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Pasta with natto beans and seaweed

The health benefits of both natto beans and seaweeds are combined in this Japanese pasta dish that I created.

Natto is a fermented soy product that imparts major health benefits. The beans contain a substance called nattokinase, which is one of the most effective foods in preventing and dissolving blood clots that can cause heart attack, stroke and memory loss.

Unfortunately, natto beans are notorious for being sticky, slimy and smelly. While most Japanese enjoy it, many foreigners find its appearance, smell and taste quite offensive.

One way to get used to the smell and taste of natto - and at the same time remove its stickiness - is to mix it with miso soup. After eating natto this way for a few times, I not only got used to it but actually began to enjoy its acquired taste.

The traditional Japanese way of eating natto beans also helps make it more palatable. This involves serving the fermented soy beans with:

This natto mixture is often eaten with rice or soba and other Japanese noodles. This way of serving natto beans was one of the inspirations behind this pasta dish.


Another inspiration came from nori condiment, a condiment sold in macrobiotic food stores. Nori is the type of seaweed used to wrap sushi. In a nori condiment, it is cooked with shoyu to form a paste. It is delicious eaten with rice or noodles.

A third inspiration for this pasta with natto beans nori seaweed sauce recipe is my own creation, which is pasta served with Chinese-style preserved "olive vegetables". This is a Chinese pickle, sold in bottles or, very rarely these days, home-made by pickle sellers at the markets. All it takes is to add a generous dollop of this "olive vegetable" to ready-cooked pasta, and you get quite a delicious pasta dish. I ever once served it to two American ladies and (unless they were very good actresses) they rather enjoyed it.

The Chinese "olive vegetable" has a similar texture and appearance to nori condiment. And since nori condiment is very easy to prepare, I decided to create my own. It is much cheaper to make at home. I can also make it less salty, as a nori seaweed sauce.

Home made nori seaweed sauce

Nori for wrapping sushi is sold in sheets and good quality nori is costly - at more than US 50 cents per sheet. There are also cheaper types, but avoid those that contain sugar, MSG and other additives.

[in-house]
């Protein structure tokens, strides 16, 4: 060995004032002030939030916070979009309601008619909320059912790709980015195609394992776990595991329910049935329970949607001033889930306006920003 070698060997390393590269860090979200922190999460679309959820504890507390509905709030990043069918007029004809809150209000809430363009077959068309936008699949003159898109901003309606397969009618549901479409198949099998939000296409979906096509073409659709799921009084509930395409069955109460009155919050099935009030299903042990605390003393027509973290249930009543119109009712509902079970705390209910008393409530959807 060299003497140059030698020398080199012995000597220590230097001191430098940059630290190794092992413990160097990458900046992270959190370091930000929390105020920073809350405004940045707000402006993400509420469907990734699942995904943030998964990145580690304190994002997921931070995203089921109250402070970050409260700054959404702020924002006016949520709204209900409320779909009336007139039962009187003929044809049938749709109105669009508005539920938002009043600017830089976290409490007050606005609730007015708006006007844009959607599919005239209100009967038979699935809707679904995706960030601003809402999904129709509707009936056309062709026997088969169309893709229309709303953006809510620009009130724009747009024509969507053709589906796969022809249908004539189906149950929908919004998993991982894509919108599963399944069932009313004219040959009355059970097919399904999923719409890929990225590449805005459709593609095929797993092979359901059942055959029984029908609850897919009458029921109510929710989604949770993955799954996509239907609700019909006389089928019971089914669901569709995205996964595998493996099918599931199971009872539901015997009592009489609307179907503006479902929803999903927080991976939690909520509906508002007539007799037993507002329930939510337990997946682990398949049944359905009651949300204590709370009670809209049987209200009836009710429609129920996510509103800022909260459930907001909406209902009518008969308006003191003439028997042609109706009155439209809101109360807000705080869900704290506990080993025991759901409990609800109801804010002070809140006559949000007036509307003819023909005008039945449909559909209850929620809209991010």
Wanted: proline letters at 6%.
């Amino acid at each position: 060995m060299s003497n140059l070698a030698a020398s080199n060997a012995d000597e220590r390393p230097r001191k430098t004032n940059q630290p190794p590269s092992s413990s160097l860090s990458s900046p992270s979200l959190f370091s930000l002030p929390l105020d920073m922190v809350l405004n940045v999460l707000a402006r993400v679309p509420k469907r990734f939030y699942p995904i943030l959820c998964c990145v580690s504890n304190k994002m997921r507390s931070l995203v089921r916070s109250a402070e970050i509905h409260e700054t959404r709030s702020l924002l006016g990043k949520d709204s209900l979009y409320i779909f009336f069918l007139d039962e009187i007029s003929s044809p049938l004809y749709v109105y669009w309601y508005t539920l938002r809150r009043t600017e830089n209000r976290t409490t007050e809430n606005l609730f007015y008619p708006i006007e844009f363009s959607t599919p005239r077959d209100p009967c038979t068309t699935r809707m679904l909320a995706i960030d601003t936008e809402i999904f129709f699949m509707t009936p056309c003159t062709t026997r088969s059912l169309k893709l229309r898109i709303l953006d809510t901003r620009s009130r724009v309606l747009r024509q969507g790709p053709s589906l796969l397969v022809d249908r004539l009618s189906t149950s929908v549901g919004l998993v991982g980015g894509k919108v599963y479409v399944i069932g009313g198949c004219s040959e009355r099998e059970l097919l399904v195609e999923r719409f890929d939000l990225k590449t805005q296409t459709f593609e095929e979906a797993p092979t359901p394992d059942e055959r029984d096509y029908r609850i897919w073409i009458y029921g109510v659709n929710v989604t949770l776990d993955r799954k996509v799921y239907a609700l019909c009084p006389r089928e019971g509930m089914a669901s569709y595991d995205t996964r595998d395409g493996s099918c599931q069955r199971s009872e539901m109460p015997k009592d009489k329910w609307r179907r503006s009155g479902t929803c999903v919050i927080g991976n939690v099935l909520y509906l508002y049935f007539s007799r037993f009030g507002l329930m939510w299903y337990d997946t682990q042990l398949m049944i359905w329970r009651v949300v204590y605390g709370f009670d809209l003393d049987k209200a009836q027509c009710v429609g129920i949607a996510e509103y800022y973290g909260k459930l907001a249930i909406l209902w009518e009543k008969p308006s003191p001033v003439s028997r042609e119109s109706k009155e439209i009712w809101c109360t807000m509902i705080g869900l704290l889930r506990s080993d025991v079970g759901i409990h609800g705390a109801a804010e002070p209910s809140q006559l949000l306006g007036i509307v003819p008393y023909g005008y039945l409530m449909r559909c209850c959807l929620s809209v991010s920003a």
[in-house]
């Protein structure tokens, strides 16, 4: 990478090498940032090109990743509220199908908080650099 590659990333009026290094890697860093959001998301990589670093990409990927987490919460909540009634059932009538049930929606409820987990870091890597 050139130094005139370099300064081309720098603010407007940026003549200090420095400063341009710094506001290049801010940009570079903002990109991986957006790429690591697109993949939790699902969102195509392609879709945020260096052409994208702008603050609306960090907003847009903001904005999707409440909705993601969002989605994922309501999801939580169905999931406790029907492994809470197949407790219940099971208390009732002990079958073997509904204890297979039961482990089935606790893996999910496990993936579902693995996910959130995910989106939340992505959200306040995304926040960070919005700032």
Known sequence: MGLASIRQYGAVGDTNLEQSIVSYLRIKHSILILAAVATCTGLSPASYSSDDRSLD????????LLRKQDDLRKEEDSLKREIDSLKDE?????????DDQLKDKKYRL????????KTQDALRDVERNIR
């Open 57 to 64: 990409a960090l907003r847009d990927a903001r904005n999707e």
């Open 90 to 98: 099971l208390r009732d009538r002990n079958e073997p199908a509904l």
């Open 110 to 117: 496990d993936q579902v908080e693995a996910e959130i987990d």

The much cheaper - and still healthy - version is Chinese-style nori, sold as round, flat "cakes" of the dried nori seaweed. In Singapore, this costs only slightly more than US$1 for a 50 gram pack. This is the seaweed that some Chinese food hawkers add to, for example, fishball noodles or fish porridge. Obviously, the Chinese, too, know about seaweed benefits.

It's easy to make a nori condiment


  • 50 grams nori seaweed
  • 2 cups water
  • 1/2 cup shoyu
  • wasabi powdwer (optional)


  • Add water to the nori and break up the pieces. Make sure the nori is well brokwn-up so that it does not clump together and will mix easily with the pasta later.

  • Add shoyu and cook over low heat for 30 minutes or longer, until it forms a thick paste.

  • If you wish, add generous dashes of wasabi powder. Note: Get the genuine powdered wasabi root if you can. This is more white, with just a hint of green color. The green powder that is widely sold in Japanese supermarkets as "wasabi" is actually a fake product with artificial coloring and flavoring. Genuine wasabi tastes better and is not as pungent, but is also more costly. If you dont't mind the expense, use grated fresh wasabi root, which costs many dollars for just a short, few-inch section.

Having made the nori condiment, the rest of this recipe for pasta with natto beans and nori seaweed sauce is easy (not that the nori condiment was difficult in the first place):

Pasta with natto beans and nori seaweed

pasta with nori seaweed sauce\


  • 4 boxes natto beans
    nattoNatto is normally sold in small styrofoam boxes, each containing about 40 to 50 grams and usually with two to four boxes bundled together. Each box, for one serving, includes a small packet of shoyu and a packet of mustard - but I prefer my own mustard.

    Natto beans are normally light brown. The version pictured here is a special natto made from black soybeans, hence the dark color. I tried this natto for the first time and find that it has a strong - meaning more robust, not smellier - taste and is less sticky than other natto that I had tried.

  • 4 stalks of spring onion, chopped
  • 1 tbsp yellow mustard

  • 300 grams dried pasta, cooked according to instructions
  • one amount nori condiment / nori seaweed sauce
  • 1 tbsp toasted sesame oil


  1. In a large bowl, mix together the natto, spring onions and mustard.
  2. Separately, toss cooked pasta with the nori seaweed sauce.
  3. Serve topped with the natto beans mixture.

This is a very "un-Italian" pasta. In fact, it can pass off as a Japanese dish if it is served with soba noodles, except that the Japanese normally eat their natto with nori strips rather than a nori sauce. However, I rather enjoy the crunch of al dente pasta as opposed to softer soba noodles.

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